What Are the Most Common Co-Occurring Disorders With Substance Abuse?
Some of the most common co-occurring disorders found in chemically dependent people include mood and anxiety disorders. An even higher percentage of people with severe mental illness also have co-occurring disorders that are substance abuse related. Called severe because of the severity and length of episodes of illness, these mental health disorders include schizophrenia and schizo-affective disorder. (These latter two disorders with their symptoms of hallucinations or delusions are also sometimes called “thought disorders”).
People who have substance use disorders in addition to mental health disorders are diagnosed as having co-occurring disorders, or dual disorders. This is also sometimes called a dual diagnosis.
When referring to substance abuse, we’re referring to:
- alcohol or drug abuse
- alcohol or drug dependence
Alcohol or drug abuse is diagnosed when substance use interferes with functioning at work, at school, and in social relationships. It is also diagnosed when substance use creates or worsens a medical condition or when substance use occurs in dangerous situations.
Alcohol or drug dependence is a more severe condition than alcohol or drug abuse. In addition to facing more negative consequences, people with dependence have failed in their attempts to abstain from or control their use of substances. In some cases, physiological dependence may also exist, which is indicated by heightened tolerance (needing more of a substance to get the same effect) and withdrawal (experiencing symptoms such as tremors or nausea when substance use has stopped).
Some common mental health disorders:
- Major depression
- Bipolar disorder
Severe Mental Illness
- Schizoaffective disorder
- Post-traumatic stress disorder
- Panic disorder
- Social anxiety
- Generalized anxiety disorder
- Obsessive-compulsive disorder
Co-occurring disorders can sometimes be difficult to diagnose. Symptoms of substance abuse or addiction can mask symptoms of mental illness, and symptoms of mental illness can be confused with symptoms of addiction. People with mental health disorders sometimes do not address their substance use because they don’t believe it is relevant to their problems.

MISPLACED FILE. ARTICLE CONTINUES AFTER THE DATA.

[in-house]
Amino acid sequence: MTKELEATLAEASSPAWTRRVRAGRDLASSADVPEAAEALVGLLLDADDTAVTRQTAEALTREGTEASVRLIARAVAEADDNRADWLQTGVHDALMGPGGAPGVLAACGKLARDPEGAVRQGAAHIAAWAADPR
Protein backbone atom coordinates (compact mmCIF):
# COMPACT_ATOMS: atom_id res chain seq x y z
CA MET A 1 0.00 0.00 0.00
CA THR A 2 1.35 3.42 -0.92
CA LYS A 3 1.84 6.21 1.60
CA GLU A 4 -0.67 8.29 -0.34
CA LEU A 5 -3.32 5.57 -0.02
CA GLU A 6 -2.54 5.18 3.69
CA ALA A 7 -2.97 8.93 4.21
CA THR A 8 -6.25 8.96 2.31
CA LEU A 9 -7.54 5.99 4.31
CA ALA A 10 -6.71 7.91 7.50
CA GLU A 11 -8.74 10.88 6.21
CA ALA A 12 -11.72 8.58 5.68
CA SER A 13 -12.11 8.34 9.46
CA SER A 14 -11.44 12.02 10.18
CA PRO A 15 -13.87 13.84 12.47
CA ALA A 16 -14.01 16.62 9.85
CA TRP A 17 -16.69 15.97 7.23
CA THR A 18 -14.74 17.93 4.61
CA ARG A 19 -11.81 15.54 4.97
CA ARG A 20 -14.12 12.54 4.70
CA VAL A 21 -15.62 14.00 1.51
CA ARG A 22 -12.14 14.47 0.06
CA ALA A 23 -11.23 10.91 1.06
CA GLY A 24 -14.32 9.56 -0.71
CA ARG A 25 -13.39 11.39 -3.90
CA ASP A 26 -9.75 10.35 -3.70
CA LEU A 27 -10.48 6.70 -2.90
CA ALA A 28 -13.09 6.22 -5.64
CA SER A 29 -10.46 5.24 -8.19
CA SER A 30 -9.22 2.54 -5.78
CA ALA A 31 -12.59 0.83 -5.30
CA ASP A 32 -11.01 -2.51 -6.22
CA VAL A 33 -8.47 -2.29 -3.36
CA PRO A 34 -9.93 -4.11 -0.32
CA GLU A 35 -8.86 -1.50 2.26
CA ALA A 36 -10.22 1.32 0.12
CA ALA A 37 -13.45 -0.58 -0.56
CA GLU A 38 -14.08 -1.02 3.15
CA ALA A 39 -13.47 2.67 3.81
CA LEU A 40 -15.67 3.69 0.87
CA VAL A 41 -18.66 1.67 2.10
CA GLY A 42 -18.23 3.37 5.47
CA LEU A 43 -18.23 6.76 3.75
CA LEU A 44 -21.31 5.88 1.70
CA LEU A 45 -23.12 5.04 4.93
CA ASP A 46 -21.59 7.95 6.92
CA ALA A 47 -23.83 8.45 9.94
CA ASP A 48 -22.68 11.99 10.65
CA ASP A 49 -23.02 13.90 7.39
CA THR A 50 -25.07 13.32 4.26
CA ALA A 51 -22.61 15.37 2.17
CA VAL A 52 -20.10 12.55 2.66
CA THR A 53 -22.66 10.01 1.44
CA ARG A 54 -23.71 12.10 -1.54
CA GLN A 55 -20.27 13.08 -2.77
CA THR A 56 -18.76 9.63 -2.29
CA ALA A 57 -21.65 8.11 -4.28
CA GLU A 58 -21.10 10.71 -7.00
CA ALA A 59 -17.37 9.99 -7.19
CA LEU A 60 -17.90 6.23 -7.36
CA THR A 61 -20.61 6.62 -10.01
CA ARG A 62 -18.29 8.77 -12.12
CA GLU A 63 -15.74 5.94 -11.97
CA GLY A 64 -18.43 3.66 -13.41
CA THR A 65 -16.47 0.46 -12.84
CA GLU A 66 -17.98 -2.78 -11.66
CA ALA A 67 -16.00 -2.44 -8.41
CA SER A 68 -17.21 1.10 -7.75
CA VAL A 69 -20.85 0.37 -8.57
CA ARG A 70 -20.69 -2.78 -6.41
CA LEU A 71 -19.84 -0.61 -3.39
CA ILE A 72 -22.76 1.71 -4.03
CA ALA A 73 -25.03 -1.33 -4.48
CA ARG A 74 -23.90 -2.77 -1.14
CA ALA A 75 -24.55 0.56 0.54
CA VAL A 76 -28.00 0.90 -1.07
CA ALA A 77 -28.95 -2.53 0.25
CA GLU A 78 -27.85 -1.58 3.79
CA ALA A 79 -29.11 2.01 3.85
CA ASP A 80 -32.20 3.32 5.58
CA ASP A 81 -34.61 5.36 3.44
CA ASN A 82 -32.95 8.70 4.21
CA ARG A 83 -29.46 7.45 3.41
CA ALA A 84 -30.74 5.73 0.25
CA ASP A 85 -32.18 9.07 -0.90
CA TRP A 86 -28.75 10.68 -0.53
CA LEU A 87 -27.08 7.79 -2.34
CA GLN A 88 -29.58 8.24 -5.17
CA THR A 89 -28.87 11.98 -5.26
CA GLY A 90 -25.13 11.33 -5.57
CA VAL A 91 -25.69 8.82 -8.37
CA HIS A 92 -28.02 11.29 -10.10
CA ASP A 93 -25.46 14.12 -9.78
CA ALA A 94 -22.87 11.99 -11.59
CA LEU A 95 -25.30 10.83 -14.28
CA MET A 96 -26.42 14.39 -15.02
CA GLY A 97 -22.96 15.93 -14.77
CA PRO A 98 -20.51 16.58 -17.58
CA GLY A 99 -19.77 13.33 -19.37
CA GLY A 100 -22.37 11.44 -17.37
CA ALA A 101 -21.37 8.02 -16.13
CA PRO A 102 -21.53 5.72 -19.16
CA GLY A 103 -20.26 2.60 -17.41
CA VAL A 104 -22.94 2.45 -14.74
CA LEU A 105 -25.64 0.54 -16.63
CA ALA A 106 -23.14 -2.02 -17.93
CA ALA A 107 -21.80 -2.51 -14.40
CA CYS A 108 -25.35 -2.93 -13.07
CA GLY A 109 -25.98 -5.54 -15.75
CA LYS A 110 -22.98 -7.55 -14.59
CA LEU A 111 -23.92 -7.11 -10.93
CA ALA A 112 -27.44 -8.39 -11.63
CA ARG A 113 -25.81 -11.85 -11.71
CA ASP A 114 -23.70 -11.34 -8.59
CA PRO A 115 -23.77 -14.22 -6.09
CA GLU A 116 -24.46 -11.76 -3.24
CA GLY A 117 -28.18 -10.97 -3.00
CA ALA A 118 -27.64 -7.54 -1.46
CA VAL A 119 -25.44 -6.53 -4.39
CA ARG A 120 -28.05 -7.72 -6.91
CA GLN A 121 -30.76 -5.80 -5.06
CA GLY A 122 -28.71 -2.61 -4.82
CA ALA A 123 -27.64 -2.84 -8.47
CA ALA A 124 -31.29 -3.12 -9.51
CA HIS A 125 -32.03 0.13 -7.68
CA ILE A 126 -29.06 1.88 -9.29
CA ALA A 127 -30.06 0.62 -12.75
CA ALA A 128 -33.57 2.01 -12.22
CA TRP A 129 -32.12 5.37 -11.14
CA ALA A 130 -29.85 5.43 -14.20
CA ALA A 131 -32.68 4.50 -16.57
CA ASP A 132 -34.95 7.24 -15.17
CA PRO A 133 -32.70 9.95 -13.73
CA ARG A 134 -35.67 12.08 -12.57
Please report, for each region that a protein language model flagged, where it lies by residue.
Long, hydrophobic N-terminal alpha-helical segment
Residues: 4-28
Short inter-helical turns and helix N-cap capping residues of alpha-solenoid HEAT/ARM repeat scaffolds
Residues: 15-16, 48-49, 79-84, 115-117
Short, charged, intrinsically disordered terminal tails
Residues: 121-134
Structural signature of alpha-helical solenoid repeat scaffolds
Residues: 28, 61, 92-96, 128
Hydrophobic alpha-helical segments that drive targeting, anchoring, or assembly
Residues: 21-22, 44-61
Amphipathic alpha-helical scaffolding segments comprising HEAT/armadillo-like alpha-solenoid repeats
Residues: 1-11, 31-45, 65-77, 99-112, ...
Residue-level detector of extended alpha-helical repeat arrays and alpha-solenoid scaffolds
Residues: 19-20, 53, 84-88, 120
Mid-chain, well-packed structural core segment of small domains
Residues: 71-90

However, some typical patterns do emerge among those with co-occurring disorders:
A worsening of mental health symptoms even while receiving treatment. Those diagnosed with mental health disorders often use substances to feel better. People who are anxious may want something to make them feel calm; people who are depressed may want something to make them feel more animated; people who are fearful of others may want something to make them feel more relaxed and less inhibited; and people who are in psychological pain may want something to make them feel numb.
Using alcohol or other drugs not only fails to repair the mental health disorder but also prevents a person from developing effective coping skills, having satisfying relationships, and feeling comfortable with themselves. Alcohol also interferes with medications prescribed for mental health disorders. In short, drug and alcohol use makes mental health disorders worse. These co-occurring disorders can rapidly increase the rate of deterioration in patient’s physical health and can dramatically worsen their mental health conditions.
Alcohol or substance use problems that seem resistant to treatment. People with co-occurring disorders may stop using alcohol or other drugs, but they will find difficulties as the symptoms of their mental health disorders persist. Treatment centers and clinicians and addiction specialists may not be prepared to address both conditions. And some traditional peer recovery groups may insist on abstinence from all drugs – even medications prescribed for mental health disorders. As a result, people with co-occurring disorders find it very difficult to treat their substance-use problems without also treating their mental health disorders.